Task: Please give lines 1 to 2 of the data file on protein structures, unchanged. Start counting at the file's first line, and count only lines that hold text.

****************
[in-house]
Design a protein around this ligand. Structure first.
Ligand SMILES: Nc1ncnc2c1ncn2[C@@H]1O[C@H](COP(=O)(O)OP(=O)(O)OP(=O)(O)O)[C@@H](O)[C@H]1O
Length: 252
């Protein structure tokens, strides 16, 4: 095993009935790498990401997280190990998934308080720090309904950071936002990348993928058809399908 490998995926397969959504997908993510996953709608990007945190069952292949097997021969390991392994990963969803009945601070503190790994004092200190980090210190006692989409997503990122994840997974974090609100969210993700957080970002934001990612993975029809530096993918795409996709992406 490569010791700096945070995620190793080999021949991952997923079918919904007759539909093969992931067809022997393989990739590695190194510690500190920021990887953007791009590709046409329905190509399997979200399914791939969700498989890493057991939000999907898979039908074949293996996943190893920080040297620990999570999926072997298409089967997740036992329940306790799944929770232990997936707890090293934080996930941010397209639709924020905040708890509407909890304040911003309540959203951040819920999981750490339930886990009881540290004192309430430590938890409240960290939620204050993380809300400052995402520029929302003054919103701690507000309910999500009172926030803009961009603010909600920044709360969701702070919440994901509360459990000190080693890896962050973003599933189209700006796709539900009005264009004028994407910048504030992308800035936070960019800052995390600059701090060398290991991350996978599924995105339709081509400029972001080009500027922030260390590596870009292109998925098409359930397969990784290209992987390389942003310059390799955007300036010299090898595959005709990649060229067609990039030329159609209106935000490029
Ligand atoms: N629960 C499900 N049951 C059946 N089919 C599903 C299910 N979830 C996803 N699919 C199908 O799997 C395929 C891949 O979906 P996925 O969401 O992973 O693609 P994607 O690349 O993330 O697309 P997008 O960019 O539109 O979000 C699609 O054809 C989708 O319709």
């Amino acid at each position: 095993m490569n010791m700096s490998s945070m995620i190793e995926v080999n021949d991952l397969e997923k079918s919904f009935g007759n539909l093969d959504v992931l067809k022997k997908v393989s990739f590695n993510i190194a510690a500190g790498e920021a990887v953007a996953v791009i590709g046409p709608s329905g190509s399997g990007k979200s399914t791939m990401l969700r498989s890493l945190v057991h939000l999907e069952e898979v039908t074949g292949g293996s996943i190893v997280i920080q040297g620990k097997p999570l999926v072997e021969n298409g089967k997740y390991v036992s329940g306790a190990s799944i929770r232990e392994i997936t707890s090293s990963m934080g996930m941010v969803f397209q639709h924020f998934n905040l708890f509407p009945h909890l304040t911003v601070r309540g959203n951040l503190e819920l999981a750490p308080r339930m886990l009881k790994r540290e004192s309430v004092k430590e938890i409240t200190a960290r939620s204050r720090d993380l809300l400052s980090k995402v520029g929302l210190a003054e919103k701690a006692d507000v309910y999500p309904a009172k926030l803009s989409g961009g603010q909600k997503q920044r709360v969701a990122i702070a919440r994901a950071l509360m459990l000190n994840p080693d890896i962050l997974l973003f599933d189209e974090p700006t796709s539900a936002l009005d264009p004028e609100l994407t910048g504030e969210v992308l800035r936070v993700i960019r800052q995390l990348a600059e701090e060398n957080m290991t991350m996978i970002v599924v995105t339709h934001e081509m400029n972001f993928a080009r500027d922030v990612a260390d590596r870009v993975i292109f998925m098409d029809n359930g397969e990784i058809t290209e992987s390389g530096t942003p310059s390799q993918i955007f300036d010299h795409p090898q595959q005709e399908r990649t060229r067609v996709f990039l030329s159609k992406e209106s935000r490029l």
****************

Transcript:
[in-house]
Design a protein around this ligand. Structure first.